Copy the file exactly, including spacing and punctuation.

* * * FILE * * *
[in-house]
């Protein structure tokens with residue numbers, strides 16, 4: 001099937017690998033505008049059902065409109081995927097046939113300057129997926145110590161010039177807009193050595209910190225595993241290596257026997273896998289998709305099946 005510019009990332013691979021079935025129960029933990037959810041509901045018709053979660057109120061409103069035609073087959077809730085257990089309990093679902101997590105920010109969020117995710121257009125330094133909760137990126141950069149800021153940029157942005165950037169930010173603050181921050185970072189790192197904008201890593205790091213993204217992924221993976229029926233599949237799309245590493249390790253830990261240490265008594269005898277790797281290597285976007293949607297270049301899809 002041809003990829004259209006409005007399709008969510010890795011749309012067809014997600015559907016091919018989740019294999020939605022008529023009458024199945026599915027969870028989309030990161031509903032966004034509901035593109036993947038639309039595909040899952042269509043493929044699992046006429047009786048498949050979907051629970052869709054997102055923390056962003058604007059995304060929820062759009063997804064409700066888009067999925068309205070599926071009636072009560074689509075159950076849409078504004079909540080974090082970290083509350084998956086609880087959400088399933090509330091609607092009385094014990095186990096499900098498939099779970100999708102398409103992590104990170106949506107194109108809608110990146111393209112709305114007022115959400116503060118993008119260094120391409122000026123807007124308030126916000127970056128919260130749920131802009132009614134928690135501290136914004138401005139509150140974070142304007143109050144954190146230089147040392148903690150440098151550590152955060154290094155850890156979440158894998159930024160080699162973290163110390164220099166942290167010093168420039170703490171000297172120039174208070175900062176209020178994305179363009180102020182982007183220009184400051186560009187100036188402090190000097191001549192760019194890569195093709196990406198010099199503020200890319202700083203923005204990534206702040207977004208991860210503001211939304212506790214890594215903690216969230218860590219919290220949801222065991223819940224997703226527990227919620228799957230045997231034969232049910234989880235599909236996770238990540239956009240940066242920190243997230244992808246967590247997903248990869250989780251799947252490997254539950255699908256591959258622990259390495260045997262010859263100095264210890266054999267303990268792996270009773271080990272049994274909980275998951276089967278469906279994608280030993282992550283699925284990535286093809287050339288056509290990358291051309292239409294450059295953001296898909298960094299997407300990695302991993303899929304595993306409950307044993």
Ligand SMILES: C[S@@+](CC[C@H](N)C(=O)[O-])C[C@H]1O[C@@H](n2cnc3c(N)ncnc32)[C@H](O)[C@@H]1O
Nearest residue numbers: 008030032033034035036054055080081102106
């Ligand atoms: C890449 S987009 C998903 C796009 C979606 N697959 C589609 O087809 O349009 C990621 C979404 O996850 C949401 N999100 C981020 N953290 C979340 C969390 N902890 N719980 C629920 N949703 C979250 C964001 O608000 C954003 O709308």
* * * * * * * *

[in-house]
């Protein structure tokens with residue numbers, strides 16, 4: 001099937017690998033505008049059902065409109081995927097046939113300057129997926145110590161010039177807009193050595209910190225595993241290596257026997273896998289998709305099946 005510019009990332013691979021079935025129960029933990037959810041509901045018709053979660057109120061409103069035609073087959077809730085257990089309990093679902101997590105920010109969020117995710121257009125330094133909760137990126141950069149800021153940029157942005165950037169930010173603050181921050185970072189790192197904008201890593205790091213993204217992924221993976229029926233599949237799309245590493249390790253830990261240490265008594269005898277790797281290597285976007293949607297270049301899809 002041809003990829004259209006409005007399709008969510010890795011749309012067809014997600015559907016091919018989740019294999020939605022008529023009458024199945026599915027969870028989309030990161031509903032966004034509901035593109036993947038639309039595909040899952042269509043493929044699992046006429047009786048498949050979907051629970052869709054997102055923390056962003058604007059995304060929820062759009063997804064409700066888009067999925068309205070599926071009636072009560074689509075159950076849409078504004079909540080974090082970290083509350084998956086609880087959400088399933090509330091609607092009385094014990095186990096499900098498939099779970100999708102398409103992590104990170106949506107194109108809608110990146111393209112709305114007022115959400116503060118993008119260094120391409122000026123807007124308030126916000127970056128919260130749920131802009132009614134928690135501290136914004138401005139509150140974070142304007143109050144954190146230089147040392148903690150440098151550590152955060154290094155850890156979440158894998159930024160080699162973290163110390164220099166942290167010093168420039170703490171000297172120039174208070175900062176209020178994305179363009180102020182982007183220009184400051186560009187100036188402090190000097191001549192760019194890569195093709196990406198010099199503020200890319202700083203923005204990534206702040207977004208991860210503001211939304212506790214890594215903690216969230218860590219919290220949801222065991223819940224997703226527990227919620228799957230045997231034969232049910234989880235599909236996770238990540239956009240940066242920190243997230244992808246967590247997903248990869250989780251799947252490997254539950255699908256591959258622990259390495260045997262010859263100095264210890266054999267303990268792996270009773271080990272049994274909980275998951276089967278469906279994608280030993282992550283699925284990535286093809287050339288056509290990358291051309292239409294450059295953001296898909298960094299997407300990695302991993303899929304595993306409950307044993």
Ligand SMILES: C[S@@+](CC[C@H](N)C(=O)[O-])C[C@H]1O[C@@H](n2cnc3c(N)ncnc32)[C@H](O)[C@@H]1O
Nearest residue numbers: 008030032033034035036054055080081102106
């Ligand atoms: C890449 S987009 C998903 C796009 C979606 N697959 C589609 O087809 O349009 C990621 C979404 O996850 C949401 N999100 C981020 N953290 C979340 C969390 N902890 N719980 C629920 N949703 C979250 C964001 O608000 C954003 O709308």